After nine years, offshore drilling begins in Karachi ultra-deep waters

Published: January 12, 2019
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ExxonMobil is drilling Kekra-1 well in Indus-G block, which is located some 280 kilometres away from the Karachi coast. PHOTO: FILE

ExxonMobil is drilling Kekra-1 well in Indus-G block, which is located some 280 kilometres away from the Karachi coast. PHOTO: FILE

KARACHI: Pakistan, after a gap of nine years, begins offshore drilling to find estimated huge oil and gas deposits in ultra-deep waters at an estimated cost of over $100 million.

“The drilling is scheduled to commence tonight (Friday),” an official at the ministry of petroleum told The Express Tribune on Friday.

The US firm ExxonMobil, one of the world’s largest oil and gas firms, in collaboration with Italian firm Eni Pakistan Limited, is drilling in ultra-deep waters some 280 kilometres away from Karachi coast.

“Eni Pakistan has estimated nine trillion cubic feet gas deposits,” the official said, adding “ExxonMobil expects oil deposits there.”

They are drilling Kekra-1 well in Indus-G block, which is located some 280 kilometres away from the Karachi coast.

Gas reserves: Vessels arrive for offshore drilling in Pakistan

They would drill around 5,800 meters deep from the sea level and are targeting to complete the spud in the next 60 days.

For this purpose, ExxonMobil has brought one major drilling ship, three supply vessels and two helicopters on the site.

Eni Pakistan is the operator of the block, while, Exploration and Production Pakistan BV (EEPP) is drilling the well. Besides, Pakistan state-owned Oil and Gas Development Company (OGDC) and Pakistan Petroleum Limited (PPL) are part of the joint venture. Each of the four firms have a 25% participating interest in the block.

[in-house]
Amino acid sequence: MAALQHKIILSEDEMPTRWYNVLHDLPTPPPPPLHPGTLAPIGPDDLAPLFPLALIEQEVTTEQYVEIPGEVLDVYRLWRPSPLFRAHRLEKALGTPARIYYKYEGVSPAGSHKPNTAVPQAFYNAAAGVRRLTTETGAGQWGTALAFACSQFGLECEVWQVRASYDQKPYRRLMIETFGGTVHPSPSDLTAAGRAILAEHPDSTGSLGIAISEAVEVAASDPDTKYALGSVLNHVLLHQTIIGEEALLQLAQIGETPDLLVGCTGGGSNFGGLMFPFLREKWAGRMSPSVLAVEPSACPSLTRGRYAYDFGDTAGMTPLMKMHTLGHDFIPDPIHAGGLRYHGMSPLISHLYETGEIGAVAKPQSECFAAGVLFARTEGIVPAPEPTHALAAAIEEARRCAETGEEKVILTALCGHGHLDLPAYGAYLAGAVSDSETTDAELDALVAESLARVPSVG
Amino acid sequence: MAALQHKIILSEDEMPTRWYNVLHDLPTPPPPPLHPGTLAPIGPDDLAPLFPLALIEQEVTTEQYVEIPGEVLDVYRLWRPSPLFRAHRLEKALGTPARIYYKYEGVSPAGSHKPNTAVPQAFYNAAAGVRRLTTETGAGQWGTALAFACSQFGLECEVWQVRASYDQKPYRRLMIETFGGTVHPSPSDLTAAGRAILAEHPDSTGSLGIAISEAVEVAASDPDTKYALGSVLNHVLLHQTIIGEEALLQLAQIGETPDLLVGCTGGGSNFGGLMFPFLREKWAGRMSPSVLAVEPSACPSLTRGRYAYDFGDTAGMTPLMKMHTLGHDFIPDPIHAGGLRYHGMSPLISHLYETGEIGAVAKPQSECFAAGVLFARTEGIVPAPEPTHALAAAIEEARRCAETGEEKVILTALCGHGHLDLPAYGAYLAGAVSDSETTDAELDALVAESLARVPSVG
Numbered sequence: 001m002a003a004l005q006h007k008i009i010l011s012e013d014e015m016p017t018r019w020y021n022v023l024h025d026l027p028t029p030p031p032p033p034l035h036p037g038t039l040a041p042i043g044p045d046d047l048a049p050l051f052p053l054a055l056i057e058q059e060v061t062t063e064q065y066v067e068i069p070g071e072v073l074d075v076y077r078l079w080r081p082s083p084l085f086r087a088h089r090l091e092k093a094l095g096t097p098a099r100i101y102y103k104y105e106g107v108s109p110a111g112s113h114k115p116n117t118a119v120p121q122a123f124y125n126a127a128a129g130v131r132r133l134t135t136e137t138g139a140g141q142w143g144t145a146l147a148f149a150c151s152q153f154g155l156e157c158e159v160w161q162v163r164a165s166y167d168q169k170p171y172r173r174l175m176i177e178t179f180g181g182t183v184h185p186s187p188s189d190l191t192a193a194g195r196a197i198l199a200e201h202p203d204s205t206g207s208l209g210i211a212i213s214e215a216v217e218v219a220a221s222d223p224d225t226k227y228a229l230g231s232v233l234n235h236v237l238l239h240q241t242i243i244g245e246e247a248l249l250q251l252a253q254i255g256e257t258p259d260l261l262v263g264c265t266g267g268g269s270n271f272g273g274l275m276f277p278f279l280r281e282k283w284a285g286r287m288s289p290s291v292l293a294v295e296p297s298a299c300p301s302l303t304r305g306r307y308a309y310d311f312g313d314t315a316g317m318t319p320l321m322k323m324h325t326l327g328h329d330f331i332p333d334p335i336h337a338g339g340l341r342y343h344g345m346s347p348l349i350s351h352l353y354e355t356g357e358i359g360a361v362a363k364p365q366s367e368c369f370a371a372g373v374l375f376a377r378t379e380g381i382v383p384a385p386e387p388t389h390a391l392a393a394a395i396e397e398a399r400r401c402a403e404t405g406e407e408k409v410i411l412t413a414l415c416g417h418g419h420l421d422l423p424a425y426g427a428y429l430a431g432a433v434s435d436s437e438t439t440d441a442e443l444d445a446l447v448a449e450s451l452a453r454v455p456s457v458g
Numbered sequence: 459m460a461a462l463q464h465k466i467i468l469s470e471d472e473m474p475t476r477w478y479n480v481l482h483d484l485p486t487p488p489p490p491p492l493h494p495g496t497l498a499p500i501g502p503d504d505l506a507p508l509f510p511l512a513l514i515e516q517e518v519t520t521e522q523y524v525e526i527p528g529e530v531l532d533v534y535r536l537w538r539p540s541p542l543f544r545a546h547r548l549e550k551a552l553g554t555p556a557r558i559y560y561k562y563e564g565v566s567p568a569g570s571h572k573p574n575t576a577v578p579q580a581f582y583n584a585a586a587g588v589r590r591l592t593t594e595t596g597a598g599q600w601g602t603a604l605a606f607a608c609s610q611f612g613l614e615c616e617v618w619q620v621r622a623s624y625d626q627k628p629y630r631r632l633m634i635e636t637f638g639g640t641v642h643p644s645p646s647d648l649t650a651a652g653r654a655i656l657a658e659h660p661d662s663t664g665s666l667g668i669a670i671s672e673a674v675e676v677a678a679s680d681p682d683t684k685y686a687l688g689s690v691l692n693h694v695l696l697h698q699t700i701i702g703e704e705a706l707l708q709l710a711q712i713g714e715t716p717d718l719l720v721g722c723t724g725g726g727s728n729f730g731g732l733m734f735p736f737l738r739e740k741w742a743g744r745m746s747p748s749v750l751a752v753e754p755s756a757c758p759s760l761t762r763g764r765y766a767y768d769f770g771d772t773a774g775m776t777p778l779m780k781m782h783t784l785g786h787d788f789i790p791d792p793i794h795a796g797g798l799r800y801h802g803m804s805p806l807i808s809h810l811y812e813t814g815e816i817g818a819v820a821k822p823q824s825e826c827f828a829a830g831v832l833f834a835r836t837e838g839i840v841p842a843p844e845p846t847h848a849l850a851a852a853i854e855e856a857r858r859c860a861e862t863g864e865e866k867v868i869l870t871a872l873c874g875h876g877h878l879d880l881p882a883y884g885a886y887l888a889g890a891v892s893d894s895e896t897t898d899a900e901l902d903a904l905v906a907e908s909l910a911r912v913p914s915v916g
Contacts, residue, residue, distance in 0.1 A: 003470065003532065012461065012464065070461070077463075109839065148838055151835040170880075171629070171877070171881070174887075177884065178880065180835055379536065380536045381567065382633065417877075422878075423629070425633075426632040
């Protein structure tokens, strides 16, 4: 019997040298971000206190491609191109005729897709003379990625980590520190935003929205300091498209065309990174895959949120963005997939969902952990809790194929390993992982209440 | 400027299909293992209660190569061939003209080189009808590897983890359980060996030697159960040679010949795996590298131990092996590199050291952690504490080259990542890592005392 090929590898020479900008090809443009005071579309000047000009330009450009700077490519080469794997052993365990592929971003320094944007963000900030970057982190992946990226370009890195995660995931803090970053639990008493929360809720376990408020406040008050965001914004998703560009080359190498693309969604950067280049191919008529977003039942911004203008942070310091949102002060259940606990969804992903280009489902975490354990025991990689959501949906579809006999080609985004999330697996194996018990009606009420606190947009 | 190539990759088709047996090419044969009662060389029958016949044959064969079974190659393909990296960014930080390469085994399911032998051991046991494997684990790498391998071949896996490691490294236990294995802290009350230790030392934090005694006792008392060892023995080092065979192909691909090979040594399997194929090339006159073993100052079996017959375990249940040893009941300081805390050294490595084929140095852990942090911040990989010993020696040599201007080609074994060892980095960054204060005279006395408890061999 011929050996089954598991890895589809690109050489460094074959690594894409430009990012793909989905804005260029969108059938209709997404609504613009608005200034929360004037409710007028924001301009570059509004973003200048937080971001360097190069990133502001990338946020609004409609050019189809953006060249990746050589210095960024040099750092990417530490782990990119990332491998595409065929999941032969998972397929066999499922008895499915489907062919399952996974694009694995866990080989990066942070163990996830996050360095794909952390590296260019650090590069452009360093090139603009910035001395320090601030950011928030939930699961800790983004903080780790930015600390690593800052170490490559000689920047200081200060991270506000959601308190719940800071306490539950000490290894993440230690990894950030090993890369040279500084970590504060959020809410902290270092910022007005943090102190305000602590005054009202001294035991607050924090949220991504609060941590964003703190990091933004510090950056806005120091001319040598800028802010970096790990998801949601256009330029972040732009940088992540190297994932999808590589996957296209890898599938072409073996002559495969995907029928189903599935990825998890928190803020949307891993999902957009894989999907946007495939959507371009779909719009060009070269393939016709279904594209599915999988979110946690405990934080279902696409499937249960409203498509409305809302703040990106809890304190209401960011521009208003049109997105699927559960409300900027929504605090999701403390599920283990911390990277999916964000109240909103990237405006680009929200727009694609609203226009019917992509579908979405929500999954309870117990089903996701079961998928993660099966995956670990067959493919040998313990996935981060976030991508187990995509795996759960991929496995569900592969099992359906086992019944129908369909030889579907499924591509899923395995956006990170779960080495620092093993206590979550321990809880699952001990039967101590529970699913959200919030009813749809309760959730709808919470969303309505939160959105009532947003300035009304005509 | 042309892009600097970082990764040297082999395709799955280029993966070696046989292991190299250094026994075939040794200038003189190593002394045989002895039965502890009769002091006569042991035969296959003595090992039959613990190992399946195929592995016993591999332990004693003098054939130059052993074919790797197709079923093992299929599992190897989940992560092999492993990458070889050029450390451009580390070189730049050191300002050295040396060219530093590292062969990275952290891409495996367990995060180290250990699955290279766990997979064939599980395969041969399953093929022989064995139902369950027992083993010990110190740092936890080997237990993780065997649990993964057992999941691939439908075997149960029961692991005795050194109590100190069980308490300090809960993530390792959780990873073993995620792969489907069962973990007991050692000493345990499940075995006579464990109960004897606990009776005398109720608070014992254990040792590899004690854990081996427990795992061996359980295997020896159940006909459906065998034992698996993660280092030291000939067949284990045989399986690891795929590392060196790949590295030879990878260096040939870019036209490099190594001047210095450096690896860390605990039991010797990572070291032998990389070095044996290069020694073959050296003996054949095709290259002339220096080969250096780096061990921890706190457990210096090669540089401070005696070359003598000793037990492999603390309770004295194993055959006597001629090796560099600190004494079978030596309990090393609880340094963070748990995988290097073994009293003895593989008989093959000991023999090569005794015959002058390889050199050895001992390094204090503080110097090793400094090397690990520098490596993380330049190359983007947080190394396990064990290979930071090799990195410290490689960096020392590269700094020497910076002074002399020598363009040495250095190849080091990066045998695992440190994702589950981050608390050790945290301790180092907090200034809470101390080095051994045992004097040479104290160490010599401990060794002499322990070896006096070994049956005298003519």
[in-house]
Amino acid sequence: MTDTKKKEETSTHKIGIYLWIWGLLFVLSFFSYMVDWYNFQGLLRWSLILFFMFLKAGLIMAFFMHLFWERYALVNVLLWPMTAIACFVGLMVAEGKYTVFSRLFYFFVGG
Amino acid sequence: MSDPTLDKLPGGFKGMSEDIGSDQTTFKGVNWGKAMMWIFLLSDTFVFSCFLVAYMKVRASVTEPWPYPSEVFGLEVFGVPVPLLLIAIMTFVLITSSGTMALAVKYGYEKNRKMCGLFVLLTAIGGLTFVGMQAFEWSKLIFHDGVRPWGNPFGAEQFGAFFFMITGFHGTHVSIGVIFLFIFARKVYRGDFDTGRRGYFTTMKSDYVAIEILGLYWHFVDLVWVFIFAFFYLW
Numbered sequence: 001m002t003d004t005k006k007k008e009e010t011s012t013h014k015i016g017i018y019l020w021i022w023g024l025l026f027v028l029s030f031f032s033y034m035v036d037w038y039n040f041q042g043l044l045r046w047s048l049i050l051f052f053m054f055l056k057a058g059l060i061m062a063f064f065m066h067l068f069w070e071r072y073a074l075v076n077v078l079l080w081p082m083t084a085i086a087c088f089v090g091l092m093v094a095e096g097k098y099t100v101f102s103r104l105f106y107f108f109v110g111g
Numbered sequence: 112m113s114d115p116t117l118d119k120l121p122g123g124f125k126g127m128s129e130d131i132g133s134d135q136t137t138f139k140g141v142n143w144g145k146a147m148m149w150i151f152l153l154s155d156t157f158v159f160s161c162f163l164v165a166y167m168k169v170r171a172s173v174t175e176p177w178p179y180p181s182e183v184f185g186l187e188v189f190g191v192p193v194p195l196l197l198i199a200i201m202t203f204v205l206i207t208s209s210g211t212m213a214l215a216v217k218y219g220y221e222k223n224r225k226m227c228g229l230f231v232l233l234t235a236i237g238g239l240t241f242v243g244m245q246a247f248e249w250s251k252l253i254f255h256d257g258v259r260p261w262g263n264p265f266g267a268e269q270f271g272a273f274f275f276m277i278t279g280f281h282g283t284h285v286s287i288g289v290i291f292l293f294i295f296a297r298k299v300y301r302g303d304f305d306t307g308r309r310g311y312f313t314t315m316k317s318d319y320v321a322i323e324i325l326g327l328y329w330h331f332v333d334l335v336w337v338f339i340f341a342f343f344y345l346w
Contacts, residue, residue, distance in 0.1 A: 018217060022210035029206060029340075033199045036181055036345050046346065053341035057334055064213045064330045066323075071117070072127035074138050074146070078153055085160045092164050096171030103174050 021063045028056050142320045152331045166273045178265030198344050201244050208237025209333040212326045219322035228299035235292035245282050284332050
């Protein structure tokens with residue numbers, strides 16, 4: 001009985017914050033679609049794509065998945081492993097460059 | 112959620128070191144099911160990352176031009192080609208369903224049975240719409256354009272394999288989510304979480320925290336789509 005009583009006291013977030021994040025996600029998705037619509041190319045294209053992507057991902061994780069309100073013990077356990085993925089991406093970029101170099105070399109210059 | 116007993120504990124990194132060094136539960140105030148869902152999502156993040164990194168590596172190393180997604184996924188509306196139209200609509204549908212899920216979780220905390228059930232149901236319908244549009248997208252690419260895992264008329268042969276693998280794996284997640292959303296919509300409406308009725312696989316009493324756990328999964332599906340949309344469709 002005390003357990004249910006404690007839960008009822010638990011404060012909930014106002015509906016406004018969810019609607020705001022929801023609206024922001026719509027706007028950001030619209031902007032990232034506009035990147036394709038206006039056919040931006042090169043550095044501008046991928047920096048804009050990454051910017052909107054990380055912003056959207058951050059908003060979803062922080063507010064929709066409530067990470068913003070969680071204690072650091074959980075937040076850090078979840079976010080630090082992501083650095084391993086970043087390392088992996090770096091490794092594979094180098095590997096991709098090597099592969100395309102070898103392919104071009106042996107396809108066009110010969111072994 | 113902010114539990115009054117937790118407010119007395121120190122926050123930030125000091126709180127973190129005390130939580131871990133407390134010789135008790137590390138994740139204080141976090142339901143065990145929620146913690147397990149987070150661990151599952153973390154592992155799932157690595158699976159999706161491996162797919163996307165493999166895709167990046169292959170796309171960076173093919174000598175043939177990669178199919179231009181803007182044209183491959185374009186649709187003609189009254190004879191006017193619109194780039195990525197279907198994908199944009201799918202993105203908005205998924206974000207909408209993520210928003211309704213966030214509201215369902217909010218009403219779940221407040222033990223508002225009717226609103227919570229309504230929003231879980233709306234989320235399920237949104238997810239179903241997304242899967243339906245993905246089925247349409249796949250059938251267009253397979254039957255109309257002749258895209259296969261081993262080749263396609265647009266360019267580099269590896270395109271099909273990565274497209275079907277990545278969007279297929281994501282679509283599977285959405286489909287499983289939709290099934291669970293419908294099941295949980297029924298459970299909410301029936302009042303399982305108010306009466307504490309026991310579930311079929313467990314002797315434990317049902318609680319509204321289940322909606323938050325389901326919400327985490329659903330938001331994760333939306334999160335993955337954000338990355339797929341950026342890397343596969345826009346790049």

The well is being drilled almost after a gap of nine years, as the last exploratory well in offshore area was drilled in January 2010. This is the 18th attempt to find hydrocarbons from deep waters in Pakistan.

“Earlier, Pakistan has drilled 17 times in deep sea. The wells were either found dry or not commercially viable to be operated,” the official said.

Some of the surveyors find the block ‘Indus-G’ similar to Indian offshore Bombay High oilfields, which produces 350,000 barrels per day (bpd) of crude oil, while some define it like wells producing hydrocarbons in the oil and gas rich country, Kuwait in the Gulf.

Exxon Mobil Corporation, through ExxonMobil Exploration and Production Pakistan BV (EEPP), had acquired 25% participating interest in May 2018 in Offshore Indus-G Block.

Pakistan meets around 15-20% of its energy needs through local oil and gas exploration and production, while the rest is met through expensive imports.

The oil and gas imports cost Pakistan around one-fourth of the total import bills per year. The country has emerged as one of the largest gas (liquefied natural gas) importers in the last couple of years at the world level.

Published in The Express Tribune, January 12th, 2019.

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Reader Comments (1)

  • Sameer
    Jan 12, 2019 - 9:43PM

    Dont ruin your waters for a mere 100million dollar investment.Recommend

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